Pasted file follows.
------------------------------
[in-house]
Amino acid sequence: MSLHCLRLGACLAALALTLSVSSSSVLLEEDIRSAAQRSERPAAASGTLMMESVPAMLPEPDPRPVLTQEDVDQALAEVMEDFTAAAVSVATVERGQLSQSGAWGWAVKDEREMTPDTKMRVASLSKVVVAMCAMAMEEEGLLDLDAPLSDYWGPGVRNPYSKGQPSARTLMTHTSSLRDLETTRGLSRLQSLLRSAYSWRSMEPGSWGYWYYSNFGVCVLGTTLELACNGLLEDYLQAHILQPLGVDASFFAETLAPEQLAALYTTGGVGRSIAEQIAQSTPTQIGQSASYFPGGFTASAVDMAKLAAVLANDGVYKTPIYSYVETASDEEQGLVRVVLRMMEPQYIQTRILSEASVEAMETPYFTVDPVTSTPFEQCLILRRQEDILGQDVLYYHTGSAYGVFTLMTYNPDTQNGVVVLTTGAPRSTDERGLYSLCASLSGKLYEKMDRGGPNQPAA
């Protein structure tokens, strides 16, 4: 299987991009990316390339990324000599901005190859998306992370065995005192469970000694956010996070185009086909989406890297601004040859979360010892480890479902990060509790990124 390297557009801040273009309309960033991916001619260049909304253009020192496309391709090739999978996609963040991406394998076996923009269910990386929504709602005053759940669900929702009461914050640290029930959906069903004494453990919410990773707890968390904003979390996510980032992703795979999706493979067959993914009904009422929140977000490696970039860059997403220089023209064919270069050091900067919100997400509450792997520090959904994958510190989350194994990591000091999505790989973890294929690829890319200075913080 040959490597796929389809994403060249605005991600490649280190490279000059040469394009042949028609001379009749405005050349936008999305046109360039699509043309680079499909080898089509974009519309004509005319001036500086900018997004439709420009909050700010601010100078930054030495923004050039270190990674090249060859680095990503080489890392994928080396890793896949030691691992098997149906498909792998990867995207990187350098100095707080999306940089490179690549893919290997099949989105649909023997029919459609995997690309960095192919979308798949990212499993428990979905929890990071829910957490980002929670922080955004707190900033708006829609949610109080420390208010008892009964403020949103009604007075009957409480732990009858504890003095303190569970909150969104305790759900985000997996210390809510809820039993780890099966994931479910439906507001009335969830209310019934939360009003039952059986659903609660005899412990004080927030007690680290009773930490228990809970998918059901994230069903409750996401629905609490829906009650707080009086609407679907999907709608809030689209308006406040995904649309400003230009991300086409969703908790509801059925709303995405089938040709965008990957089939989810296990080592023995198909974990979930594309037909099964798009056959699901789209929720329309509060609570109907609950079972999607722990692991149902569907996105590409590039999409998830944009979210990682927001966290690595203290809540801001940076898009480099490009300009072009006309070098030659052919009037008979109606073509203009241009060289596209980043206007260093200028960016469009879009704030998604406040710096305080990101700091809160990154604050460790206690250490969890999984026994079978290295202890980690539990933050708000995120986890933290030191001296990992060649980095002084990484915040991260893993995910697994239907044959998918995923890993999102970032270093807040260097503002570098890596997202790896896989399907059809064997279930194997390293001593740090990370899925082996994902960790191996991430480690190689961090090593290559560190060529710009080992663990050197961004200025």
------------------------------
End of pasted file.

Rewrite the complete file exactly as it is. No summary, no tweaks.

[in-house]
Amino acid sequence: MSLHCLRLGACLAALALTLSVSSSSVLLEEDIRSAAQRSERPAAASGTLMMESVPAMLPEPDPRPVLTQEDVDQALAEVMEDFTAAAVSVATVERGQLSQSGAWGWAVKDEREMTPDTKMRVASLSKVVVAMCAMAMEEEGLLDLDAPLSDYWGPGVRNPYSKGQPSARTLMTHTSSLRDLETTRGLSRLQSLLRSAYSWRSMEPGSWGYWYYSNFGVCVLGTTLELACNGLLEDYLQAHILQPLGVDASFFAETLAPEQLAALYTTGGVGRSIAEQIAQSTPTQIGQSASYFPGGFTASAVDMAKLAAVLANDGVYKTPIYSYVETASDEEQGLVRVVLRMMEPQYIQTRILSEASVEAMETPYFTVDPVTSTPFEQCLILRRQEDILGQDVLYYHTGSAYGVFTLMTYNPDTQNGVVVLTTGAPRSTDERGLYSLCASLSGKLYEKMDRGGPNQPAA
């Protein structure tokens, strides 16, 4: 299987991009990316390339990324000599901005190859998306992370065995005192469970000694956010996070185009086909989406890297601004040859979360010892480890479902990060509790990124 390297557009801040273009309309960033991916001619260049909304253009020192496309391709090739999978996609963040991406394998076996923009269910990386929504709602005053759940669900929702009461914050640290029930959906069903004494453990919410990773707890968390904003979390996510980032992703795979999706493979067959993914009904009422929140977000490696970039860059997403220089023209064919270069050091900067919100997400509450792997520090959904994958510190989350194994990591000091999505790989973890294929690829890319200075913080 040959490597796929389809994403060249605005991600490649280190490279000059040469394009042949028609001379009749405005050349936008999305046109360039699509043309680079499909080898089509974009519309004509005319001036500086900018997004439709420009909050700010601010100078930054030495923004050039270190990674090249060859680095990503080489890392994928080396890793896949030691691992098997149906498909792998990867995207990187350098100095707080999306940089490179690549893919290997099949989105649909023997029919459609995997690309960095192919979308798949990212499993428990979905929890990071829910957490980002929670922080955004707190900033708006829609949610109080420390208010008892009964403020949103009604007075009957409480732990009858504890003095303190569970909150969104305790759900985000997996210390809510809820039993780890099966994931479910439906507001009335969830209310019934939360009003039952059986659903609660005899412990004080927030007690680290009773930490228990809970998918059901994230069903409750996401629905609490829906009650707080009086609407679907999907709608809030689209308006406040995904649309400003230009991300086409969703908790509801059925709303995405089938040709965008990957089939989810296990080592023995198909974990979930594309037909099964798009056959699901789209929720329309509060609570109907609950079972999607722990692991149902569907996105590409590039999409998830944009979210990682927001966290690595203290809540801001940076898009480099490009300009072009006309070098030659052919009037008979109606073509203009241009060289596209980043206007260093200028960016469009879009704030998604406040710096305080990101700091809160990154604050460790206690250490969890999984026994079978290295202890980690539990933050708000995120986890933290030191001296990992060649980095002084990484915040991260893993995910697994239907044959998918995923890993999102970032270093807040260097503002570098890596997202790896896989399907059809064997279930194997390293001593740090990370899925082996994902960790191996991430480690190689961090090593290559560190060529710009080992663990050197961004200025």